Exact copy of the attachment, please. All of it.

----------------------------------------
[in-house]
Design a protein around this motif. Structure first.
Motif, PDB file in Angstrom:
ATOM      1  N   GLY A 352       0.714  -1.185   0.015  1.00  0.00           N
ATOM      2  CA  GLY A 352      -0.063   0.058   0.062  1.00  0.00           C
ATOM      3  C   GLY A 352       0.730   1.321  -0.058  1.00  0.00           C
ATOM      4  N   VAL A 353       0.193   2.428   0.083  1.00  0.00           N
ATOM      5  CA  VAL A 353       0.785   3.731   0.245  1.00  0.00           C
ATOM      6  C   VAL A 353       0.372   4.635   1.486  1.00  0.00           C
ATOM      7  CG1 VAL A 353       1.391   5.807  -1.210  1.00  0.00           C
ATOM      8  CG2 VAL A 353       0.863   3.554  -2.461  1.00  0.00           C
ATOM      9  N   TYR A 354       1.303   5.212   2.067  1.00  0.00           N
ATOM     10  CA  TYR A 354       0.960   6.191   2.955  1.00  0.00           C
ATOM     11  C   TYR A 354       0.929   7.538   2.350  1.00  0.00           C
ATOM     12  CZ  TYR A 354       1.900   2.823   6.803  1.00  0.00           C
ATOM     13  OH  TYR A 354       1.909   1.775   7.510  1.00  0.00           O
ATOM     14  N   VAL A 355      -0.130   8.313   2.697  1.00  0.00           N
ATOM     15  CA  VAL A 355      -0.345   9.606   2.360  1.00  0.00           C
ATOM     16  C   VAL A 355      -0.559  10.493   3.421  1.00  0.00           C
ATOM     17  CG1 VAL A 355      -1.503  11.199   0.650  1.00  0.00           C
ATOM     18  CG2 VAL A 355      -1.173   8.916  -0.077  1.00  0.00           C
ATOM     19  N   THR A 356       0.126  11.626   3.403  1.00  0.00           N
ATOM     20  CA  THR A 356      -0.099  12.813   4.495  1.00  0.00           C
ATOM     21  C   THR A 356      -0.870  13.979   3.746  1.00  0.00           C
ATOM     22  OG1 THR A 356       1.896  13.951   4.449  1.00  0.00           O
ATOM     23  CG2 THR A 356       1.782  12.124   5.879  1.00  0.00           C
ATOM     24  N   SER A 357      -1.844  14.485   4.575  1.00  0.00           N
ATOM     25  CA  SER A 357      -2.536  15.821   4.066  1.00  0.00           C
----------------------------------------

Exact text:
[in-house]
Design a protein around this motif. Structure first.
Motif, PDB file in Angstrom:
ATOM      1  N   GLY A 352       0.714  -1.185   0.015  1.00  0.00           N
ATOM      2  CA  GLY A 352      -0.063   0.058   0.062  1.00  0.00           C
ATOM      3  C   GLY A 352       0.730   1.321  -0.058  1.00  0.00           C
ATOM      4  N   VAL A 353       0.193   2.428   0.083  1.00  0.00           N
ATOM      5  CA  VAL A 353       0.785   3.731   0.245  1.00  0.00           C
ATOM      6  C   VAL A 353       0.372   4.635   1.486  1.00  0.00           C
ATOM      7  CG1 VAL A 353       1.391   5.807  -1.210  1.00  0.00           C
ATOM      8  CG2 VAL A 353       0.863   3.554  -2.461  1.00  0.00           C
ATOM      9  N   TYR A 354       1.303   5.212   2.067  1.00  0.00           N
ATOM     10  CA  TYR A 354       0.960   6.191   2.955  1.00  0.00           C
ATOM     11  C   TYR A 354       0.929   7.538   2.350  1.00  0.00           C
ATOM     12  CZ  TYR A 354       1.900   2.823   6.803  1.00  0.00           C
ATOM     13  OH  TYR A 354       1.909   1.775   7.510  1.00  0.00           O
ATOM     14  N   VAL A 355      -0.130   8.313   2.697  1.00  0.00           N
ATOM     15  CA  VAL A 355      -0.345   9.606   2.360  1.00  0.00           C
ATOM     16  C   VAL A 355      -0.559  10.493   3.421  1.00  0.00           C
ATOM     17  CG1 VAL A 355      -1.503  11.199   0.650  1.00  0.00           C
ATOM     18  CG2 VAL A 355      -1.173   8.916  -0.077  1.00  0.00           C
ATOM     19  N   THR A 356       0.126  11.626   3.403  1.00  0.00           N
ATOM     20  CA  THR A 356      -0.099  12.813   4.495  1.00  0.00           C
ATOM     21  C   THR A 356      -0.870  13.979   3.746  1.00  0.00           C
ATOM     22  OG1 THR A 356       1.896  13.951   4.449  1.00  0.00           O
ATOM     23  CG2 THR A 356       1.782  12.124   5.879  1.00  0.00           C
ATOM     24  N   SER A 357      -1.844  14.485   4.575  1.00  0.00           N
ATOM     25  CA  SER A 357      -2.536  15.821   4.066  1.00  0.00           C